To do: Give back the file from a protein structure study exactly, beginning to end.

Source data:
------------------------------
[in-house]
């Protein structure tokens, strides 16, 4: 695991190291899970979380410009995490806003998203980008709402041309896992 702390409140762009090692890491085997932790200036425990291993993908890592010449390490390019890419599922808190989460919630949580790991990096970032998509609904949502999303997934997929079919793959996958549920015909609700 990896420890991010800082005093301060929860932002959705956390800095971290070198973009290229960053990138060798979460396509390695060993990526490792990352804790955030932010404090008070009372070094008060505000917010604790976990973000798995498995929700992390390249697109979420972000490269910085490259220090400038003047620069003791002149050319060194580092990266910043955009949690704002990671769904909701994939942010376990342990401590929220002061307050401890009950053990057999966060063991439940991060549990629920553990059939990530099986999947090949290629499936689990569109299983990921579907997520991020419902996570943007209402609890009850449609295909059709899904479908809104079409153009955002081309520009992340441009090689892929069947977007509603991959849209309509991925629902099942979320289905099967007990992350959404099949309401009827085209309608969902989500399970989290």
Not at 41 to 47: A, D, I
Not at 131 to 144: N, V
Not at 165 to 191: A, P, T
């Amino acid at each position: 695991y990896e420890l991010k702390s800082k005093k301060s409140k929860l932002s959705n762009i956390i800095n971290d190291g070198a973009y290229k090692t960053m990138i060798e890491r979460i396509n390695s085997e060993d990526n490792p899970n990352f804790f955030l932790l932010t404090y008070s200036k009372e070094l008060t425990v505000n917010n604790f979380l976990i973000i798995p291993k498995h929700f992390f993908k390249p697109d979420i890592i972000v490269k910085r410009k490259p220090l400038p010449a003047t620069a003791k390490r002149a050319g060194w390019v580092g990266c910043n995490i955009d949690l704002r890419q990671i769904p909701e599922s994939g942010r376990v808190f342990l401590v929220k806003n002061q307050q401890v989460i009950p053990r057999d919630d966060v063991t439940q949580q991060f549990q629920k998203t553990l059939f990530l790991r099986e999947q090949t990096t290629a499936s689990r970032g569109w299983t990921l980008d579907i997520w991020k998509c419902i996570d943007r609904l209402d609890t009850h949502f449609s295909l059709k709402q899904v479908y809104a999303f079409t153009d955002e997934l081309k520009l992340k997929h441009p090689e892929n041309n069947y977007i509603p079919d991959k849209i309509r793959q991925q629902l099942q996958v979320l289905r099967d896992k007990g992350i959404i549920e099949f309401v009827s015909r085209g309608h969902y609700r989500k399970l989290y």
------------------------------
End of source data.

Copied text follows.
[in-house]
């Protein structure tokens, strides 16, 4: 695991190291899970979380410009995490806003998203980008709402041309896992 702390409140762009090692890491085997932790200036425990291993993908890592010449390490390019890419599922808190989460919630949580790991990096970032998509609904949502999303997934997929079919793959996958549920015909609700 990896420890991010800082005093301060929860932002959705956390800095971290070198973009290229960053990138060798979460396509390695060993990526490792990352804790955030932010404090008070009372070094008060505000917010604790976990973000798995498995929700992390390249697109979420972000490269910085490259220090400038003047620069003791002149050319060194580092990266910043955009949690704002990671769904909701994939942010376990342990401590929220002061307050401890009950053990057999966060063991439940991060549990629920553990059939990530099986999947090949290629499936689990569109299983990921579907997520991020419902996570943007209402609890009850449609295909059709899904479908809104079409153009955002081309520009992340441009090689892929069947977007509603991959849209309509991925629902099942979320289905099967007990992350959404099949309401009827085209309608969902989500399970989290």
Not at 41 to 47: A, D, I
Not at 131 to 144: N, V
Not at 165 to 191: A, P, T
């Amino acid at each position: 695991y990896e420890l991010k702390s800082k005093k301060s409140k929860l932002s959705n762009i956390i800095n971290d190291g070198a973009y290229k090692t960053m990138i060798e890491r979460i396509n390695s085997e060993d990526n490792p899970n990352f804790f955030l932790l932010t404090y008070s200036k009372e070094l008060t425990v505000n917010n604790f979380l976990i973000i798995p291993k498995h929700f992390f993908k390249p697109d979420i890592i972000v490269k910085r410009k490259p220090l400038p010449a003047t620069a003791k390490r002149a050319g060194w390019v580092g990266c910043n995490i955009d949690l704002r890419q990671i769904p909701e599922s994939g942010r376990v808190f342990l401590v929220k806003n002061q307050q401890v989460i009950p053990r057999d919630d966060v063991t439940q949580q991060f549990q629920k998203t553990l059939f990530l790991r099986e999947q090949t990096t290629a499936s689990r970032g569109w299983t990921l980008d579907i997520w991020k998509c419902i996570d943007r609904l209402d609890t009850h949502f449609s295909l059709k709402q899904v479908y809104a999303f079409t153009d955002e997934l081309k520009l992340k997929h441009p090689e892929n041309n069947y977007i509603p079919d991959k849209i309509r793959q991925q629902l099942q996958v979320l289905r099967d896992k007990g992350i959404i549920e099949f309401v009827s015909r085209g309608h969902y609700r989500k399970l989290y």